Meet my Hatchet of Death (or, some other colorful description RC Lewis and I come up with at any given moment). This is how I edit myself, it is how I edit others. If you think you want to play with me and my hatchet, shoot us an email.
We all know the first line of a query is your “hook.” I call the last line the “sinker.” You want it to punch them in the face, in a nice, friendly kind of way that makes them unable to forget you after having read the 300 other queries in their inbox.
If you’re looking for query advice, but are slightly intimidated by my claws, blade, or just my rolling googly-eyes, check out the query critique boards over at AgentQueryConnect. This is where I got my start, with advice from people smarter than me. Don’t be afraid to ask for help with the most critical first step of your writing journey – the query. My comments appear in green.
Eighteen-year-old Serena is the best tarot card reader in Manhattan – and she doesn’t know the first thing about tarot cards. Serena is a Prae Seer, one who sees the future through touch. I love where this is going, it’s really interesting. She’s not alone. Manhattan is filled with Seers hiding their abilities in plain sight. But, secrets rarely stay buried for long. I almost think the hook is stronger if you put some white space here, let it do its job. I’d consider moving the last three sentences down into your next para.
Serena knows, and has known since her mother’s dying vision, that exposure is inevitable for herself and for all Seers. They will be exposed exposed / exposure echo, then feared and hated. Why would they be feared and hated? Serena understands that can only lead to one thing: annihilation. Why would they be killed for the powers? That seems really extreme.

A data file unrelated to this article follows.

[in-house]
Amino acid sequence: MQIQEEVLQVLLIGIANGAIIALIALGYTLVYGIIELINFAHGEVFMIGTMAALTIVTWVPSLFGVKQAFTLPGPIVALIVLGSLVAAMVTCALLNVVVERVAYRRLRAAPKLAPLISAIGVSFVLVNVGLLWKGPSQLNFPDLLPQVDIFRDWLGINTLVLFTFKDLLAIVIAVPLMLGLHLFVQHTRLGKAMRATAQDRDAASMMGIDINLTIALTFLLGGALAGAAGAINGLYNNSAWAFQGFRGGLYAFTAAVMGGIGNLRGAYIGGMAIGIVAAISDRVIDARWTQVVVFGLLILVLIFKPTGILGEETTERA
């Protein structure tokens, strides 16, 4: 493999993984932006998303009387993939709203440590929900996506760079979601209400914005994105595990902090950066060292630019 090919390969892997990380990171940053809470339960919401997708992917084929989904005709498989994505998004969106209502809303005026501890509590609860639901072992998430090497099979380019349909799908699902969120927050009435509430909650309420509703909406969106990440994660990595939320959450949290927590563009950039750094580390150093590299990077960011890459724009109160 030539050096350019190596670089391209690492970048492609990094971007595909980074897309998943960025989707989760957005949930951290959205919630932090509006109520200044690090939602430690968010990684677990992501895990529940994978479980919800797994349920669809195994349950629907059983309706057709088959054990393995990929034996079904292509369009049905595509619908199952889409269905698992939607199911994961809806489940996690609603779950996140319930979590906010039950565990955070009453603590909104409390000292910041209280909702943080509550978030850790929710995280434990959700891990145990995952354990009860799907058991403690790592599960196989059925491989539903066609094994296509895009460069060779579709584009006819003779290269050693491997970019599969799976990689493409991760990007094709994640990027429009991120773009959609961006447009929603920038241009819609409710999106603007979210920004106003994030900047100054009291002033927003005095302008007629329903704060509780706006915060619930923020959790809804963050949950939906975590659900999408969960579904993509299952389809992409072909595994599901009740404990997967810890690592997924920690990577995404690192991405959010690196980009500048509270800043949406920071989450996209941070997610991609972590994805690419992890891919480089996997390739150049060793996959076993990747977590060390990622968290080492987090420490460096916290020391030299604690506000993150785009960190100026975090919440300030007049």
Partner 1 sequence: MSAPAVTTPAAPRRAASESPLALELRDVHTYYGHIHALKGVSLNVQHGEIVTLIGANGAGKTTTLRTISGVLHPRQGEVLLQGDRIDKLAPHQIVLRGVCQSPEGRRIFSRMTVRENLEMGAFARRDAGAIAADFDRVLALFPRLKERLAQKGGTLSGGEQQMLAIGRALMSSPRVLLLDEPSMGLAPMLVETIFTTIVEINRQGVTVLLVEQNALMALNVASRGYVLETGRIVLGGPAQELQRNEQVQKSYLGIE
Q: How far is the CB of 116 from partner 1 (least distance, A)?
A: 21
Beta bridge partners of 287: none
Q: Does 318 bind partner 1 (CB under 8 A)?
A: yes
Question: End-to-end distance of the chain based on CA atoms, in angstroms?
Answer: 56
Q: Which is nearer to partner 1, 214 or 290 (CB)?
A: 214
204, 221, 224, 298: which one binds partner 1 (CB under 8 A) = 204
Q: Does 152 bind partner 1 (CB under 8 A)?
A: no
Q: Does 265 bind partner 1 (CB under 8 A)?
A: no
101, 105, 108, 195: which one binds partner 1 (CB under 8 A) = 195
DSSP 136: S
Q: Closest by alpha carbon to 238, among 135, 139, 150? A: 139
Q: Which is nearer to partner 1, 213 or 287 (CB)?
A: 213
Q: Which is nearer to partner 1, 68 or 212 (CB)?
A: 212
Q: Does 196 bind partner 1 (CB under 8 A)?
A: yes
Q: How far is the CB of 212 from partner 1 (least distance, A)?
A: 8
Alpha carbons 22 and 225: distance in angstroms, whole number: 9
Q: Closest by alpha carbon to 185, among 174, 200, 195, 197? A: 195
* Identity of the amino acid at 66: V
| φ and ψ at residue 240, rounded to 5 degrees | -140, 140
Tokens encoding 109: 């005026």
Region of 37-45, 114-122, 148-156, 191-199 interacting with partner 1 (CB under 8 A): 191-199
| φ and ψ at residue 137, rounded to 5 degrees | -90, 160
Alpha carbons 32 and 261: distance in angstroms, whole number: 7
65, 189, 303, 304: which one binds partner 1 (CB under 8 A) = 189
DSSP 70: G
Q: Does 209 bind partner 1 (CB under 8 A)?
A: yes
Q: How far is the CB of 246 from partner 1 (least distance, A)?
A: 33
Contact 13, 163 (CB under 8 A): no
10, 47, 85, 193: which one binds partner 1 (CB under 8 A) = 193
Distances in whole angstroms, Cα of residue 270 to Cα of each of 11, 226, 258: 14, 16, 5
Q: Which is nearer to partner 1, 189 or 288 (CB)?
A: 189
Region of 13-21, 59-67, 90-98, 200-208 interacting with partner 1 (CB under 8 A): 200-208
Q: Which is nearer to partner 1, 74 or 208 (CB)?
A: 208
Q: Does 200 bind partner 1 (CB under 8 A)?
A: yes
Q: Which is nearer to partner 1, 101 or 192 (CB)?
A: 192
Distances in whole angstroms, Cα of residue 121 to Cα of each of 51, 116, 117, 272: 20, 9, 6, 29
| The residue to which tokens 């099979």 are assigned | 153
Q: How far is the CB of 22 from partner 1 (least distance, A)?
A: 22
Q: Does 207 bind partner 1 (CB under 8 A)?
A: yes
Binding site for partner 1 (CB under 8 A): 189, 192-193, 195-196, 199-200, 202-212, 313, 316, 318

Then, the first trace of exposure arrives, on the lips of one of Serena’s high-powered clients, because she let herself feel bad for his spurned wife, because she whispered a warning.
She knows the future is unchangeable. She knows that blood will be on her hands. I’m still not understanding how exposure absolutely and for sure leads to death. Seems like a leap. You need to convince your readers that’s the case.
Her only hope is to join an underground organization that believes exposure can result in a better life for Seers. Why? It seems a big jump when she’s completely convinced it means death. Under the tutelage of Marlow, the organization’s volatile leader, Serena learns there is more to her ability than seeing the future. Serena is seduced by the idea that she can control a person’s future, that she is destined for more than hiding. As she is drawn further into organization’s inner circle and into an impossible relationship with a past Seer whose very touch could cripple her mind, why? Serena discovers that Marlow wants more than Seer equality; he wants Seer supremacy, even at the expense of non-Seer lives. Even at the expensive of Seer lives, if necessary.
With the moment of worldwide exposure ticking closer, Serena must decide how far she is willing to go to fight for her future.
EXPOSED is a young adult, urban fantasy complete at 85,000 words. EXPOSED is a stand alone novel with series potential.
I am a member of SCBWI and a winner of the 2012 Writer’s Digest Popular Fiction Awards.
I like the concept, it sounds fun. But the world building isn’t evident with in the query. It can be totally awesome in the book, but the query isn’t relaying that very well. Do all Seers have the same ability to see the future through touch? Does that mean touching their clients, not the cards? Why would the past Seer’s touch cripple her mind? Why is she so utterly convinced (beyond Mother’s vision) that exposure = death? You need to get more explanations about her power and why she feels so strongly that exposure is bad into the query.